Climbing plan for Red Rock: Don’t repeat Garden mistakes

       When Red Rock Canyon Open Space opens Oct. 29, its designated rock-climbing routes near the old sandstone quarry are likely to be quite popular… but not in a harmful way.
       A group of local climbing specialists have been working to apply lessons they've learned from the Garden of the Gods - which has scarcely a vertical rock anymore which has not been pockmarked with some kind of climbing bolt.
       Bob Hostetler, who represented the rock-climbing community during City Parks' public master plan meetings for Red Rock Canyon this year, explained the route-creation efforts at the October meeting of the Friends of Red Rock Canyon and during a presentation of the new area for the Westside Pioneer and interested volunteers this week.
       The mere fact of a designated area is significant, he pointed out. Whereas the Garden is wide open to climbers - with an estimated 300 routes having been set up at different times - Red Rock will be limited for the time being to just the quarry area and the 70-some routes that Hostetler and his team have created there.
       Many of the routes will share the same anchor points, according to Brian Shelton, owner of Front Range Climbing, who has been working with Hostetler, Stewart Green and City Parks employee Ric Geiman in planning the routes and rules.
       Based on an informal agreement with the city, there's a one-year moratorium on new routes. A committee of climbers will be formed during the coming year to talk about the possibility of adding routes, Hostetler said.
       Another policy by Hostetler's group has been to stop the routes just short of the tops of rocks, to prevent scarring from ropes being dragged over the top.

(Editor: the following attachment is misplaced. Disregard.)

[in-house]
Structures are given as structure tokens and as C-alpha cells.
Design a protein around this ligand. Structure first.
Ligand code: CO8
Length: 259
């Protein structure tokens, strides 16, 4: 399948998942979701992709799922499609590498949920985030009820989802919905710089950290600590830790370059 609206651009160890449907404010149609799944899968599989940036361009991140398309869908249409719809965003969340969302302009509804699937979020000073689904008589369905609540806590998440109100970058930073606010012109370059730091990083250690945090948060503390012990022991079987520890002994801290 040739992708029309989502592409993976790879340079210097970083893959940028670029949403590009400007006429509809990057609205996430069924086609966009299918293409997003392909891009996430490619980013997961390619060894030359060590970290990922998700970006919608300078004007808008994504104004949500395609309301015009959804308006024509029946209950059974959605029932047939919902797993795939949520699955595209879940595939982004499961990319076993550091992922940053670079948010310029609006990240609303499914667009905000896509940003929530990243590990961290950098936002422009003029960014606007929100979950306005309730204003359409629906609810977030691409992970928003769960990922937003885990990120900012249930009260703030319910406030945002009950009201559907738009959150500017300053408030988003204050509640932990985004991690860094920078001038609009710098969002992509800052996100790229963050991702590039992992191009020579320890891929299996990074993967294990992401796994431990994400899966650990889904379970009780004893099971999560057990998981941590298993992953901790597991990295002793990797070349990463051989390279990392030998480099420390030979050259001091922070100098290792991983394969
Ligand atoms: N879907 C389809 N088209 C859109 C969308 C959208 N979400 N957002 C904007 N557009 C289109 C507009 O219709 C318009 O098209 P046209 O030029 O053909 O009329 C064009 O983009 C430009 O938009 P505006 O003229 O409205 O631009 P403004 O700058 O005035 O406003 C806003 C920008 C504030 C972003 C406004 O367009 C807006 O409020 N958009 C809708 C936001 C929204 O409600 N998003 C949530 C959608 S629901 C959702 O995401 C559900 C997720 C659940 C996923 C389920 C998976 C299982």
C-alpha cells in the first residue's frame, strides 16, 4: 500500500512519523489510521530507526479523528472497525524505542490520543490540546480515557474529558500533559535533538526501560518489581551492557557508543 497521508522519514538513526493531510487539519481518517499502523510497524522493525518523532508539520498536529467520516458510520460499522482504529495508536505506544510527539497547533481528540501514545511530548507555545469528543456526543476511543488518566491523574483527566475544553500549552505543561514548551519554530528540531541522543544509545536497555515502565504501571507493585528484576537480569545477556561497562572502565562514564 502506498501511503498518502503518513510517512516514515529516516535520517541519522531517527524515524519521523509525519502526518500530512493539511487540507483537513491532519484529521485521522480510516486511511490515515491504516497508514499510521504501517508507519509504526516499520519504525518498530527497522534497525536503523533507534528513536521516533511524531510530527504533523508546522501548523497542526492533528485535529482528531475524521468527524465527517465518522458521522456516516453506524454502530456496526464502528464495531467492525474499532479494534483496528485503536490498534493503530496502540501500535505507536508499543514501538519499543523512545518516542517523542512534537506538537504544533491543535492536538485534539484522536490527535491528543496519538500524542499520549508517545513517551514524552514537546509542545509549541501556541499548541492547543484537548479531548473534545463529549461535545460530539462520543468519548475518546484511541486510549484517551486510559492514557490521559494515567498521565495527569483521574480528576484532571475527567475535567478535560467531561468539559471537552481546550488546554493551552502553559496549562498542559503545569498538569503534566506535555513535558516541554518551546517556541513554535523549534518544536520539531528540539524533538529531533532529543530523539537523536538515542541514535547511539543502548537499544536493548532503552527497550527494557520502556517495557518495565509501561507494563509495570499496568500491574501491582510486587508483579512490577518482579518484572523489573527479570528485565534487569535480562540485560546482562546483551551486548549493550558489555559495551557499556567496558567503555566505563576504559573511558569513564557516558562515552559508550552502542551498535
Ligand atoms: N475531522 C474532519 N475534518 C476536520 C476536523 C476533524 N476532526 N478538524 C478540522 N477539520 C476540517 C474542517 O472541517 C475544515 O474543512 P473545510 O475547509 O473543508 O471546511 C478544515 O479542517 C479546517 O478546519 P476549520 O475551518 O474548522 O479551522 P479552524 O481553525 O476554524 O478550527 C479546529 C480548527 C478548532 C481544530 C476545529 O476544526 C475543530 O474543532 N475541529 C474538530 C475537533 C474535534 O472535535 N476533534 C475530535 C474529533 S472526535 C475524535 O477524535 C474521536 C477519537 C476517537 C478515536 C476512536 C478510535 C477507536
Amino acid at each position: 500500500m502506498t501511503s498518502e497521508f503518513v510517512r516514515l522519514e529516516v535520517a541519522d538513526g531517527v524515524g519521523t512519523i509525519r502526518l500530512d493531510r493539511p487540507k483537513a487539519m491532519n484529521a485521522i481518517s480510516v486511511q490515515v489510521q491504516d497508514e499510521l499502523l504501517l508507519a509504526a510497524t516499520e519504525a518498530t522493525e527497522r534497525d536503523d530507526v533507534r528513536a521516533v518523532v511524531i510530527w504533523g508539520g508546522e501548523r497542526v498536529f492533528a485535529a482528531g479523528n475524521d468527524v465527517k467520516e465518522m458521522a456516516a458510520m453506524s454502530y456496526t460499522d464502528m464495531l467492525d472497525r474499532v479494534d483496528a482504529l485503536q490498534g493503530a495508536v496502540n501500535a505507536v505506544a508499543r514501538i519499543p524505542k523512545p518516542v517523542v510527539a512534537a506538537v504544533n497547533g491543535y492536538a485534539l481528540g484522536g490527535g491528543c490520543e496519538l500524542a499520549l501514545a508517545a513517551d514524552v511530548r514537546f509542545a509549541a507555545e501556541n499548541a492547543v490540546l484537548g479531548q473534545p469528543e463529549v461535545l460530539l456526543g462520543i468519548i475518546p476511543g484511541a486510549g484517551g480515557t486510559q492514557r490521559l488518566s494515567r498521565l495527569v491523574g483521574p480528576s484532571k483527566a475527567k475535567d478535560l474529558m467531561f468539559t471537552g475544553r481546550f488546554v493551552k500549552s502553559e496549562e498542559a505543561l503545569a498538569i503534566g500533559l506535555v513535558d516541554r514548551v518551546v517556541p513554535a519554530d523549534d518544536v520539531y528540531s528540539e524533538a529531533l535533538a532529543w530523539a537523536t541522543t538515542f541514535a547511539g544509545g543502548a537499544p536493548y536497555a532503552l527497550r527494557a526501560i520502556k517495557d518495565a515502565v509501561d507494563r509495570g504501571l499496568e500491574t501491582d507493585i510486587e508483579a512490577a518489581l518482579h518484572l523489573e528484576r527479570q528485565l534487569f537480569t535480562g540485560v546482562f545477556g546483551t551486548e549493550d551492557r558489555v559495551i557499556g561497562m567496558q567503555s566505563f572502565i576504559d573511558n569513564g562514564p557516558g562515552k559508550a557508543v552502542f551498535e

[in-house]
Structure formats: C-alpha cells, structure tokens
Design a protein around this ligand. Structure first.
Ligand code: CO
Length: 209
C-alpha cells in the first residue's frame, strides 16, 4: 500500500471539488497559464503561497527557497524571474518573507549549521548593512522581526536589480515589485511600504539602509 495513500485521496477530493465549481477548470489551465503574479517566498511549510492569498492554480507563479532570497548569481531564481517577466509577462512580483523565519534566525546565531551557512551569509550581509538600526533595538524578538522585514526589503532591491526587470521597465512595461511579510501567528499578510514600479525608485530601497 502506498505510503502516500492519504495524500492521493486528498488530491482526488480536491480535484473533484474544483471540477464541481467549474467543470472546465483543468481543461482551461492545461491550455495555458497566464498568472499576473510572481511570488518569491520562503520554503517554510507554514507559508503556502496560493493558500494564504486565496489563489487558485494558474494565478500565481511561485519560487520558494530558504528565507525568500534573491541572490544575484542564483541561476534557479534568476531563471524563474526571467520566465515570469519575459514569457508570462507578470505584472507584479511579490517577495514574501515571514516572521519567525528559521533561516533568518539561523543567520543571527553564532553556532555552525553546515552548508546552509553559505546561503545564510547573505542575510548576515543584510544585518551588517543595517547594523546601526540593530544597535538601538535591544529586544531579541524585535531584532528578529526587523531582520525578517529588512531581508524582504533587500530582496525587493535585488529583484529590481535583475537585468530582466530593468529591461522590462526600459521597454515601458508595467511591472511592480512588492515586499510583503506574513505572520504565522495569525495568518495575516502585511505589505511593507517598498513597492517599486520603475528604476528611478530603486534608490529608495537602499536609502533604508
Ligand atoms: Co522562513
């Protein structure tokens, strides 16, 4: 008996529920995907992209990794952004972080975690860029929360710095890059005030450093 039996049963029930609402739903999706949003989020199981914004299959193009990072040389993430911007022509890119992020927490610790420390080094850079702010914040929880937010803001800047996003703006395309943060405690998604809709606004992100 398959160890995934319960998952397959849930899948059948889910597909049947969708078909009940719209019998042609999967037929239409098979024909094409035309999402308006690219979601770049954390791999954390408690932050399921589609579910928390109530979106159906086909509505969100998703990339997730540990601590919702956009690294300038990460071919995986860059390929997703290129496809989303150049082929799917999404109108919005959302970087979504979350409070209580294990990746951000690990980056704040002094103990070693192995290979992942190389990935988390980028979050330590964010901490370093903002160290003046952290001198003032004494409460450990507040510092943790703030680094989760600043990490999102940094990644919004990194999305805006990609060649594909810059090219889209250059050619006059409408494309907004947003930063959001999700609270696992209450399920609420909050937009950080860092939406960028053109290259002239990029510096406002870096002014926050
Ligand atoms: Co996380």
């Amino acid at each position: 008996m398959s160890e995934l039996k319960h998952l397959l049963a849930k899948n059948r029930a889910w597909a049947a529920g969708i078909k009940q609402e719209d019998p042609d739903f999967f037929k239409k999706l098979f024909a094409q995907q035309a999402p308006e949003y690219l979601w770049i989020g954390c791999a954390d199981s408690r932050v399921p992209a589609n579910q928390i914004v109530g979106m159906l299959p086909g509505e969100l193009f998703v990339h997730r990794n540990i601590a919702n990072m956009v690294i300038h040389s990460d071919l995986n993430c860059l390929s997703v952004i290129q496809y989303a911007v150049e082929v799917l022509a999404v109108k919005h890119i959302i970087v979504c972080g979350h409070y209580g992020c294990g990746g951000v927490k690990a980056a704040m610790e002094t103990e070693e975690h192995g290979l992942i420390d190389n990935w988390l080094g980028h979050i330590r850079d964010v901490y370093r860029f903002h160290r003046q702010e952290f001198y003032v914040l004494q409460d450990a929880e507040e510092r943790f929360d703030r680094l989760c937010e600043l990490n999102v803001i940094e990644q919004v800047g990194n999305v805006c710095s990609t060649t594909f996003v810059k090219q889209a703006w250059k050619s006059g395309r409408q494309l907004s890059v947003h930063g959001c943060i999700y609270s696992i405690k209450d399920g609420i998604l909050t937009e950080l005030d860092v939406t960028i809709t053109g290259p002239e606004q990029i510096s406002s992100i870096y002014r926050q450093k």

A guide that will list and define all the allowed routes is being written by Green, a long-time area outdoors author. These guides will be made available to climbers. Signage at Red Rock Canyon will tell climbers they need to sign up at the Garden of the Gods.
       Although some climbers may find such policies constrictive, Hostetler said it seemed wiser to start with tighter rules because it will be easier to loosen rules once the park opens than to tighten them.
       Pains are even being taken regarding the type and appearance of the bolts used for rope attachments on routes. “At the Garden of the Gods, there's a variety of bolts,” said Hostetler, who retired a few years ago from his business, the American Telecasting Company. “One place even has a railroad spike.”
       By contrast, at Red Rock Canyon, we”re using long, quality bolts that go in deep,” he said.
       To prevent routes from being an eyesore, Shelton said he has been making sure to camouflage any bolts with spray paint to keep them from being noticed by casual passersby. Another effort will be made to make sure no climbing paraphernalia, primarily webbing, is left behind.
       Climbers should be pleased by the quality of the climbs they will have at Red Rock. Although almost none of the sandstone is vertical, its smooth, slab-like surface presents a challenge to find hand-holds, Shelton noted.
       The difficulty will range from the very simple “Never Ever” wall (for neophytes who have never, ever climbed) to numerous rope-required routes between 5.4 and 5.13. The hardest level in the world is a 5.15b or c, Hostetler said.
       To access the climbing area (after the opening), people will park in the lot at Highway 24 and walk up the road into Red Rock Canyon. Signage should provide direction to the general area. Routes are on both sides of the valley.

Westside Pioneer article